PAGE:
With increased focus on social sharing, NME.com‘s Luke Lewis thinks that creating successful social news comes down to three key things: social feedback which creates fuel for editorial, harnessing fans’ passion as a trigger for sharing and embracing feelgood moments.
Speaking at news:rewired’s social news session, Lewis shared NME.com’s success stories including trending hashtags like #songthatchangedmylife and focusing on posting irreverent and likeable content on their Facebook page.
A Twitter hashtag might seem like quite a meretricious format, but the feedback you can get from successful hashtags can actually be quite moving.
From simple questions we can go further and create Spotify playlists, videos and galleries.
He added: “Facebook is the heart of our community, we have a very lively audience that’s sometimes a bit of a viper’s nest”.
In the end it doesn’t matter where people are engaging – whether it’s the website, Twitter or Facebook – as long as it’s with us.
When it came to engagement, Channel 4 News’ Faisal Islam said, when it comes to Twitter, “numbers simply do not matter” and said ego drove some journalists’ preoccupation with numbers. Islam’s three top tips for distributing social news were simple; be interesting, be social and be yourself, with a final caveat of “be careful”.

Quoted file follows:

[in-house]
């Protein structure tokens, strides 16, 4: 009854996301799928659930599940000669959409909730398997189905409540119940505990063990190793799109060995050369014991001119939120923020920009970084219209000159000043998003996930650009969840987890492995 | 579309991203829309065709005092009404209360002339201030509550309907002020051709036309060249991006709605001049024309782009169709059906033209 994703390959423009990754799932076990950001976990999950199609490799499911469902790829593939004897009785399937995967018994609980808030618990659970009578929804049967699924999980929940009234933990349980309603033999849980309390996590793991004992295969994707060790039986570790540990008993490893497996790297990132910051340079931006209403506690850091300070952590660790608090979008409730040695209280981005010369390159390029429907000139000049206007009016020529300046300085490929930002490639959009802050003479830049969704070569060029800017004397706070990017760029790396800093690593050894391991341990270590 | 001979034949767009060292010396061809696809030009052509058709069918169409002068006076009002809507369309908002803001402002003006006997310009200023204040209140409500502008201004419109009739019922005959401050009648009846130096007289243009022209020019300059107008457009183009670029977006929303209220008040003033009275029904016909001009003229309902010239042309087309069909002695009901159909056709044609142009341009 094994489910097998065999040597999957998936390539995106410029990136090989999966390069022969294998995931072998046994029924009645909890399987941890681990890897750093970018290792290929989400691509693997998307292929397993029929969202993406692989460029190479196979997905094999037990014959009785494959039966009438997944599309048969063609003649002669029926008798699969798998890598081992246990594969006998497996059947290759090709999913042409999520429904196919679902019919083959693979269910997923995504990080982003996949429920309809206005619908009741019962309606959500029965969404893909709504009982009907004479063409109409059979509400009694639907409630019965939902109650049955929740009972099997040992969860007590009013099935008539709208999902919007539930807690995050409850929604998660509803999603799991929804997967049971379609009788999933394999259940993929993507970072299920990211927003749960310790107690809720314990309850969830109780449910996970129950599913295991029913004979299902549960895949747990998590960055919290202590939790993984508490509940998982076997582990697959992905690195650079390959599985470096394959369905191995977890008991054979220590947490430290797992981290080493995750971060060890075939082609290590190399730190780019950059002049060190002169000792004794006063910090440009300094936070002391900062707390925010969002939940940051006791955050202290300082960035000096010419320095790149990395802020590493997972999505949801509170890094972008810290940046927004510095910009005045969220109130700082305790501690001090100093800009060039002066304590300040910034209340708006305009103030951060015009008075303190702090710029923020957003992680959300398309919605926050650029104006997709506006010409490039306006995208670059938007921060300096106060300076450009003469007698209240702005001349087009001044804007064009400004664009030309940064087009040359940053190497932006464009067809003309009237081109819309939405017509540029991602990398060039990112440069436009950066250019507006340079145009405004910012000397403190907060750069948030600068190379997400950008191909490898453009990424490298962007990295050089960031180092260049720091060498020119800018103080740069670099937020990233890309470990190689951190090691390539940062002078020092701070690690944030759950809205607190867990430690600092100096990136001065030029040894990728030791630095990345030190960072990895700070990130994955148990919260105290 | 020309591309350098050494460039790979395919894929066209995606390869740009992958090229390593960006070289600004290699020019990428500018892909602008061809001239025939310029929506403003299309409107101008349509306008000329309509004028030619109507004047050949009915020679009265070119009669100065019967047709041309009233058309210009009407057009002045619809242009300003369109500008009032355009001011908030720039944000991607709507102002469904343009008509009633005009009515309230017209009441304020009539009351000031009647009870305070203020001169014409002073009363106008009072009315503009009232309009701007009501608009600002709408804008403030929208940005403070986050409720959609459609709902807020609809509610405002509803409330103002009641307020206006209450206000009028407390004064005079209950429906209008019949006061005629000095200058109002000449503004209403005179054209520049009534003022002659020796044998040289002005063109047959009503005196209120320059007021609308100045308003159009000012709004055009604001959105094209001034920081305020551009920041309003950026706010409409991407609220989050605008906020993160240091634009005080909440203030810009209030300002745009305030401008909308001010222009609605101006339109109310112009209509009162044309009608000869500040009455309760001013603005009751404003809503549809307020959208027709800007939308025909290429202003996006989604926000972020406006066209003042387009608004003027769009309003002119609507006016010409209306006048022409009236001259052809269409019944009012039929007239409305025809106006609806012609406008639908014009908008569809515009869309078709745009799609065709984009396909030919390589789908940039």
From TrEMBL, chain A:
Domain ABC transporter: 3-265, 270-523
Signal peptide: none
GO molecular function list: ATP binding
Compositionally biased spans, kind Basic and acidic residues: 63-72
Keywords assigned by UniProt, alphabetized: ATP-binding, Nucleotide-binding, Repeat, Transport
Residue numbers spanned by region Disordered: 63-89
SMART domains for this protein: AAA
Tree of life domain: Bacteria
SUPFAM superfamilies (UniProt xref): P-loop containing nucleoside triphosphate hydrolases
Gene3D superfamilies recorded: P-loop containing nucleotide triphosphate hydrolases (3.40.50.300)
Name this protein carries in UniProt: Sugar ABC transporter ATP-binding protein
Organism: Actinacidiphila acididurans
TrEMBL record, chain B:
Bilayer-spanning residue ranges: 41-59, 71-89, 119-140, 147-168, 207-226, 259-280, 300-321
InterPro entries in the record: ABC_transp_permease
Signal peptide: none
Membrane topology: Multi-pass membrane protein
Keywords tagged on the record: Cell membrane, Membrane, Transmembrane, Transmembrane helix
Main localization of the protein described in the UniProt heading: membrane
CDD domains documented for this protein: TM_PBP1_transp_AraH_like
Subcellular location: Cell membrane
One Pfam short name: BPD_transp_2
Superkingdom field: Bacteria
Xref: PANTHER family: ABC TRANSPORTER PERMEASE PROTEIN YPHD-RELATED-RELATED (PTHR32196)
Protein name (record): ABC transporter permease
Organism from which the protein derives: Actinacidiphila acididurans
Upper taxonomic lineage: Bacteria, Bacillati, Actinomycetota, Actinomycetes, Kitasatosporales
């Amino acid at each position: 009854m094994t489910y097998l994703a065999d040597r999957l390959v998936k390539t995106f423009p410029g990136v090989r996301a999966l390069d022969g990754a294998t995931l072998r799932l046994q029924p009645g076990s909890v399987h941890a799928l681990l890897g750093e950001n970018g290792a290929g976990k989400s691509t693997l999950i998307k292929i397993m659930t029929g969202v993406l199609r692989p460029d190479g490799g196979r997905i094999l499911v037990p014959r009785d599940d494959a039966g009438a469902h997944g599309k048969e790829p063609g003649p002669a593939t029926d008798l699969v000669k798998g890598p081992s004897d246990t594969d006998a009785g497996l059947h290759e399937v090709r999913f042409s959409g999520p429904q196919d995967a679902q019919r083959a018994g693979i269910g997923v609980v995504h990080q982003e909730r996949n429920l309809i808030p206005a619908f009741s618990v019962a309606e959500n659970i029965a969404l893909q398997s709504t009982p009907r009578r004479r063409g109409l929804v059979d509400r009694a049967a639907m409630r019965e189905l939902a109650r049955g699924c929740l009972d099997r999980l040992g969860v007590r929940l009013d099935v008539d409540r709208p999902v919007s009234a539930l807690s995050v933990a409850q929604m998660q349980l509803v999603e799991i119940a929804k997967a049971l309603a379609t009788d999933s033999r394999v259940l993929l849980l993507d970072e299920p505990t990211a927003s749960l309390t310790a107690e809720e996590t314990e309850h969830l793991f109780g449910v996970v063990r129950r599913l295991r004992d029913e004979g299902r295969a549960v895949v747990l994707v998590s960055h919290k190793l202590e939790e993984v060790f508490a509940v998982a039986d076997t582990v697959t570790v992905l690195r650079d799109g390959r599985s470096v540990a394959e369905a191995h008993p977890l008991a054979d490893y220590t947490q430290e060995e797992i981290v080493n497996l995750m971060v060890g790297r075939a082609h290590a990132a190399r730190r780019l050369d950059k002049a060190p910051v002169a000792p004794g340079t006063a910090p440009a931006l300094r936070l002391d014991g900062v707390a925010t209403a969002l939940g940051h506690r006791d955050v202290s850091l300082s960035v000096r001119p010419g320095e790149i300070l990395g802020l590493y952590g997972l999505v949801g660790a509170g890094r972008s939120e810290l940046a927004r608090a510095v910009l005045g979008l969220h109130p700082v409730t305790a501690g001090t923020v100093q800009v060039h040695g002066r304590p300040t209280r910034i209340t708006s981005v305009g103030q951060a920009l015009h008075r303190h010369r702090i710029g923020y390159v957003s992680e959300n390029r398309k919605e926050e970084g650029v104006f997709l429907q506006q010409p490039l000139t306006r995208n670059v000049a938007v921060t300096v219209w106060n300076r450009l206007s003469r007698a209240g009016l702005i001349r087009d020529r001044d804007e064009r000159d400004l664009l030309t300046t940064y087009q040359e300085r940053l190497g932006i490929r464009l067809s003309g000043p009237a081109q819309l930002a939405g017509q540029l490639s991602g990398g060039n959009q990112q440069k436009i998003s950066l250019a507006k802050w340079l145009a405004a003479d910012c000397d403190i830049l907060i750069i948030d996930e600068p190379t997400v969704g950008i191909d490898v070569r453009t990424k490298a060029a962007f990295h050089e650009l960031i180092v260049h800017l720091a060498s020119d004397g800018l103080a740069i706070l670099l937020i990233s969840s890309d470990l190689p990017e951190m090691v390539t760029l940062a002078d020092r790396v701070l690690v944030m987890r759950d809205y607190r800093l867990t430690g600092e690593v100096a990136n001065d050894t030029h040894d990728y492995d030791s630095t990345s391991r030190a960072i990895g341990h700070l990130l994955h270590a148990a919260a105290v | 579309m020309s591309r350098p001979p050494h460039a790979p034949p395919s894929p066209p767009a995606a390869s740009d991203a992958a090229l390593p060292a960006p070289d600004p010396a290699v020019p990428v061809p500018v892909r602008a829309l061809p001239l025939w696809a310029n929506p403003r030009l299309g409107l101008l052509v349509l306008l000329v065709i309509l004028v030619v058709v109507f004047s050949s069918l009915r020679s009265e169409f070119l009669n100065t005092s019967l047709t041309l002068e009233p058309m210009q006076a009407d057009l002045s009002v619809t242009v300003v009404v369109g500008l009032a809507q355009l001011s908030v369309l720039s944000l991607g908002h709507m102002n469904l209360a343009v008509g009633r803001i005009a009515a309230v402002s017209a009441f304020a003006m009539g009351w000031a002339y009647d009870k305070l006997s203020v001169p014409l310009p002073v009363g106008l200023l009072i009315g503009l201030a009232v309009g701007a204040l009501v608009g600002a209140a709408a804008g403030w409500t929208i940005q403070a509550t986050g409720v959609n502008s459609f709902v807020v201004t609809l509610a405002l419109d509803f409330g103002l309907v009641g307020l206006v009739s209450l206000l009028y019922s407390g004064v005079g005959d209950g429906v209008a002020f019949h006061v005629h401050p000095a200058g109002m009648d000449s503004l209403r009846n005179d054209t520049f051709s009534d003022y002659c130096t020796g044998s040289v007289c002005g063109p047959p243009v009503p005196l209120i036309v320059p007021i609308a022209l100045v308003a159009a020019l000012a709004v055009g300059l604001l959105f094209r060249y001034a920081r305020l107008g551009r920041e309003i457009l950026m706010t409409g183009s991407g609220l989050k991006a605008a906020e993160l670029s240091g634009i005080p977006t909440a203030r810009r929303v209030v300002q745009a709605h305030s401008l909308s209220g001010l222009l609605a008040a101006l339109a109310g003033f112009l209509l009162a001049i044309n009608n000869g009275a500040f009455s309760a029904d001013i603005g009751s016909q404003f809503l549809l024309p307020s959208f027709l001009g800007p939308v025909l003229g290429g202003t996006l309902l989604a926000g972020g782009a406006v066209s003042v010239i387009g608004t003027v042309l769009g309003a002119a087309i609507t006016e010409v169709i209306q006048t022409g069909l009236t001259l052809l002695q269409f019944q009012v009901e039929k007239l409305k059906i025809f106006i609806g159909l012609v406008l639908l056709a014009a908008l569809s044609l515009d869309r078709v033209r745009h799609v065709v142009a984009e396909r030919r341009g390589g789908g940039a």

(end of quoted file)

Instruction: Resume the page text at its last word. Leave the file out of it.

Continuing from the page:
Tumblr is the blogging network that’s grown and grown. According to its media outreach partner Mark Coatney, Tumblr hosts 64 million blogs, 140 million monthly uniques and 70 million new posts every day. “That’s a lot of cats” said Coatney.
The social blogging platform is designed with two things in mind – making it as easy as possible to publish and make it simple for users to follow and republish what others are doing.
Newsweek used Tumblr to speak to a new, younger audience and to provide a voice and personality to it. Others like NPR Fresh Air are successful on Tumblr because they use it to participate actively in the culture and not just self-promote.
Coatney remarked Tumblr was more focused on media companies than individual journalists at the moment, a sentiment which is echoed by the increasing amounts of organisations on it, including Breaking News, Reuters and the Guardian.